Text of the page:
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|Issue Date:||2008-12-16 15:00:25 (UTC+8)|
Television drama programs are always originated from the immediate society where the stories portray. By utilizing common social values and shared sign systems, television drama programs represent the mental structure and life styles of the audience to whom they are aimed to influence. Following the same line, we may say that different drama genres also reveal varied social myths embedded in the human cognition. Dramatic theories from K. Burke, E. Scribe, V. Sadour, and structural methods from V. Propp were employed here to analyze 87 television dramatic programs collected in 1994. It is found that current drama episodes, which were generally developed to depict the modern lives in Taiwan, have included such major genres as gangster, medical, community, campus, family, and law types. Interestingly, each of these genres has its unique formula in the story structure, while each formula afro reflects the characteristic of the genre to which it belongs. Our data show that stories of justice and benevolence were represented most frequently in Taiwan's television drama series. Humanities, harmony, care, as well as right courses, wisdom, cooperation, and joy were the themes that could most commonly be found in TV drama stories. The way bow such contents were presented, however, was quite different from the daily life that the news media have presented. The study concludes that television drama programs did reconstruct the Taiwan society by using a specific linguistic form to describe the ideal relationships of the community with the Heaven. It seems that the final success in life and idealized relationships with the external world were the myths constructed by the television drama programs in Taiwan.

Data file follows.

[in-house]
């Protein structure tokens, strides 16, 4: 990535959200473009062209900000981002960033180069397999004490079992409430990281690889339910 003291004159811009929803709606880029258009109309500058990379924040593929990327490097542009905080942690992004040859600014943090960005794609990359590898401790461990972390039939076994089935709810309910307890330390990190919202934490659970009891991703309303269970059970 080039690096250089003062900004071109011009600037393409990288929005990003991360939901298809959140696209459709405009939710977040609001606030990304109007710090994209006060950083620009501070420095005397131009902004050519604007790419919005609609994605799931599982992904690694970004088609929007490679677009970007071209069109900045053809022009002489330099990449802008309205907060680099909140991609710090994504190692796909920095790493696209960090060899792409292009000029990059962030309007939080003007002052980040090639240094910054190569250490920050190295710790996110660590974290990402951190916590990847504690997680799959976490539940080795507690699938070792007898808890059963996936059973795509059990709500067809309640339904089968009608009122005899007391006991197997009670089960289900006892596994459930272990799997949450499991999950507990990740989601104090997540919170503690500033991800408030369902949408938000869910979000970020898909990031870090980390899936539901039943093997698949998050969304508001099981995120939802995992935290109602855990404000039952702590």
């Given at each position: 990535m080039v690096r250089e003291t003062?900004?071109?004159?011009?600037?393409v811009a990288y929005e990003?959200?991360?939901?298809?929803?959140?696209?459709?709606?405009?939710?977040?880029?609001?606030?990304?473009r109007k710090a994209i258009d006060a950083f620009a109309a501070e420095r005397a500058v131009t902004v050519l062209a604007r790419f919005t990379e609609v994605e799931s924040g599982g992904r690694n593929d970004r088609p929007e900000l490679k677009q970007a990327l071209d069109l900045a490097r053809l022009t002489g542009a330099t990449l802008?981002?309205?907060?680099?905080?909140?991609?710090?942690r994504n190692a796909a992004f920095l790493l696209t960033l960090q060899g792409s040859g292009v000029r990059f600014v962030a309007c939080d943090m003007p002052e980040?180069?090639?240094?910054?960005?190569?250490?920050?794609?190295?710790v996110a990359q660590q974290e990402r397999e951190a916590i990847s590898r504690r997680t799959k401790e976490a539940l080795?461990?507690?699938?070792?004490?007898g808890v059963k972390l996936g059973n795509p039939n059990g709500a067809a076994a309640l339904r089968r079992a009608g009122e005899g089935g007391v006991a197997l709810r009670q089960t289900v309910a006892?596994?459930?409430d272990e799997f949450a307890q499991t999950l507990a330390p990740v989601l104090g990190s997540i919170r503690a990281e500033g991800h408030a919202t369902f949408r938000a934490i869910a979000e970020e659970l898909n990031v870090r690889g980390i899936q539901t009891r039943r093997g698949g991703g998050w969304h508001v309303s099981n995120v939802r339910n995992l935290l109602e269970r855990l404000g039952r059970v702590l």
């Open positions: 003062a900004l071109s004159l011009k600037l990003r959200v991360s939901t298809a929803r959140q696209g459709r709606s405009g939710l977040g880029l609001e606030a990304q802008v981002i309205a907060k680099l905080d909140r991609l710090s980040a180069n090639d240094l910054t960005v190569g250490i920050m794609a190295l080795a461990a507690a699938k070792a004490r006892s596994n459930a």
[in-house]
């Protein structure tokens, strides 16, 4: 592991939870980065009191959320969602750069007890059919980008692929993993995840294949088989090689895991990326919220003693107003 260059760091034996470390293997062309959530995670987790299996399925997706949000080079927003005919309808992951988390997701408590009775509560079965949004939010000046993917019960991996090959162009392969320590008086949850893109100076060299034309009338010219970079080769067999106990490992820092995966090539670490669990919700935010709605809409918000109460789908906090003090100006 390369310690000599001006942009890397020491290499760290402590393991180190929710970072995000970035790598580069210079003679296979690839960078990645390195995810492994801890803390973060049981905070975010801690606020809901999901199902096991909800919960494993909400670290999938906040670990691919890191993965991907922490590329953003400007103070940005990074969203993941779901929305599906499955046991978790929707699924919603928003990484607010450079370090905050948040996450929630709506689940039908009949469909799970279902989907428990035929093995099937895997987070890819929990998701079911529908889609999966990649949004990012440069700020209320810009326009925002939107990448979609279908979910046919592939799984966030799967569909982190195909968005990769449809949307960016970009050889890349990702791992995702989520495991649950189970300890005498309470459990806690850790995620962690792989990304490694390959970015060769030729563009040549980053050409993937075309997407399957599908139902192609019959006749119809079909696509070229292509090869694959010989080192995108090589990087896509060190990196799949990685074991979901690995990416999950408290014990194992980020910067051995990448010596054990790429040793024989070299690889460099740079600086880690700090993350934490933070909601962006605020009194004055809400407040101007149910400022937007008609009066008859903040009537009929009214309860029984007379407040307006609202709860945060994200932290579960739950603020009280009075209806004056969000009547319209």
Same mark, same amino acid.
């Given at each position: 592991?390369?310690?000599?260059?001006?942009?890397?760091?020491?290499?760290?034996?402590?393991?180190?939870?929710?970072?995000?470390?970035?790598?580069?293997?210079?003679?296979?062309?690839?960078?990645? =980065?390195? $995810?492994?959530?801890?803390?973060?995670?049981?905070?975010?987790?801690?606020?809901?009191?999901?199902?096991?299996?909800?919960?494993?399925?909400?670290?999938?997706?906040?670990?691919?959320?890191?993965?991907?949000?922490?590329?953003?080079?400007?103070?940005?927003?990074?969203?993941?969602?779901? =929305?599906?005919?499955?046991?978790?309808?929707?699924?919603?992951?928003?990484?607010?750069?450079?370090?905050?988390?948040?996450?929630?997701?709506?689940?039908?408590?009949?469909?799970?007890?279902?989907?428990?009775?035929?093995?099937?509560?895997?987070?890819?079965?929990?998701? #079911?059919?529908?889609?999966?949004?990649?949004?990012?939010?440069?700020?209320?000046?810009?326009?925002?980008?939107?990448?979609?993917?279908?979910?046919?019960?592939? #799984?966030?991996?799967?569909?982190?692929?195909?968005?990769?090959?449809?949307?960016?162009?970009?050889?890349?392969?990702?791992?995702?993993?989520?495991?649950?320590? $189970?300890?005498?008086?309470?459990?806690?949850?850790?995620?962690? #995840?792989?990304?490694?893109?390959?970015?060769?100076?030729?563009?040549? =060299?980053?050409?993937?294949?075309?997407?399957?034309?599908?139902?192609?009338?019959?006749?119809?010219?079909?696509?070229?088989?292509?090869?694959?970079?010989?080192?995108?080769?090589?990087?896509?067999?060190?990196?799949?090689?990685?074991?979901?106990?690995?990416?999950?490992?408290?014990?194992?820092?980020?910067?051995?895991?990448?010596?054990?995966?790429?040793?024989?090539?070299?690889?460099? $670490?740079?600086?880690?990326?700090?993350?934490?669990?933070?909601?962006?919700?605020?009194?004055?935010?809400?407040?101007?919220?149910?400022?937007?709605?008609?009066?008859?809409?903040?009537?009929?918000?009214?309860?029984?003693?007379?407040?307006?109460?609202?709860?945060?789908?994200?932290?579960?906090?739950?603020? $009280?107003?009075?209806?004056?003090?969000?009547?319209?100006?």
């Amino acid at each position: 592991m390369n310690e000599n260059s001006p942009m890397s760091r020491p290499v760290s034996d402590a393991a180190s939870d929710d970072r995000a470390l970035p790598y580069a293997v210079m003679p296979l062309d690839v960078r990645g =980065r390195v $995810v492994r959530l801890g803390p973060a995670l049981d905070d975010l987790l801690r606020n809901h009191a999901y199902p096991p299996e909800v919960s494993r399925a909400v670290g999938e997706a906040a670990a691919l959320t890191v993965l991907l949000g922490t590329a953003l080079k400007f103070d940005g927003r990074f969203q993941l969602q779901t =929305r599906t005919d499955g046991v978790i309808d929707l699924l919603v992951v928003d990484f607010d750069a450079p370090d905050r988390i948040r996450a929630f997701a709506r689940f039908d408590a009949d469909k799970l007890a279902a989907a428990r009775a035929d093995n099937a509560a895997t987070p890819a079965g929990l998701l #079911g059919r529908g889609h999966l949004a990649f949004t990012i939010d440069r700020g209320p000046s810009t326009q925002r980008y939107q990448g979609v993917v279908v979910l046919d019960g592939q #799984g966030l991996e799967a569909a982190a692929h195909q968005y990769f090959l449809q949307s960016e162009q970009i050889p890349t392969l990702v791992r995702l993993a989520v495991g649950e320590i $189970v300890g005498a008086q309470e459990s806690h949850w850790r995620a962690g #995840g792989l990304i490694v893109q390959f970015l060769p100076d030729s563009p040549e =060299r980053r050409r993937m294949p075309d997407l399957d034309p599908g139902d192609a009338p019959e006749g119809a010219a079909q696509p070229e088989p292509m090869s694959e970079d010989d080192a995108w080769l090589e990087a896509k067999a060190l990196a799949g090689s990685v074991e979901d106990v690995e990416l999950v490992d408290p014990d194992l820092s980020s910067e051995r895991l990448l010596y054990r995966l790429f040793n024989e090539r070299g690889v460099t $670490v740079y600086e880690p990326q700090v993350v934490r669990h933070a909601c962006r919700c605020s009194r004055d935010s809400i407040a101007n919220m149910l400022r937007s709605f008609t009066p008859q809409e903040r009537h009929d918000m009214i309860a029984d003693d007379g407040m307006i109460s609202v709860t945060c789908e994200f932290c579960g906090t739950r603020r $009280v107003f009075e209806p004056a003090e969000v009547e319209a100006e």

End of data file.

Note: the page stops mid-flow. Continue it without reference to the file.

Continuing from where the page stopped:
|Appears in Collections:||[廣播電視學系] 期刊論文|
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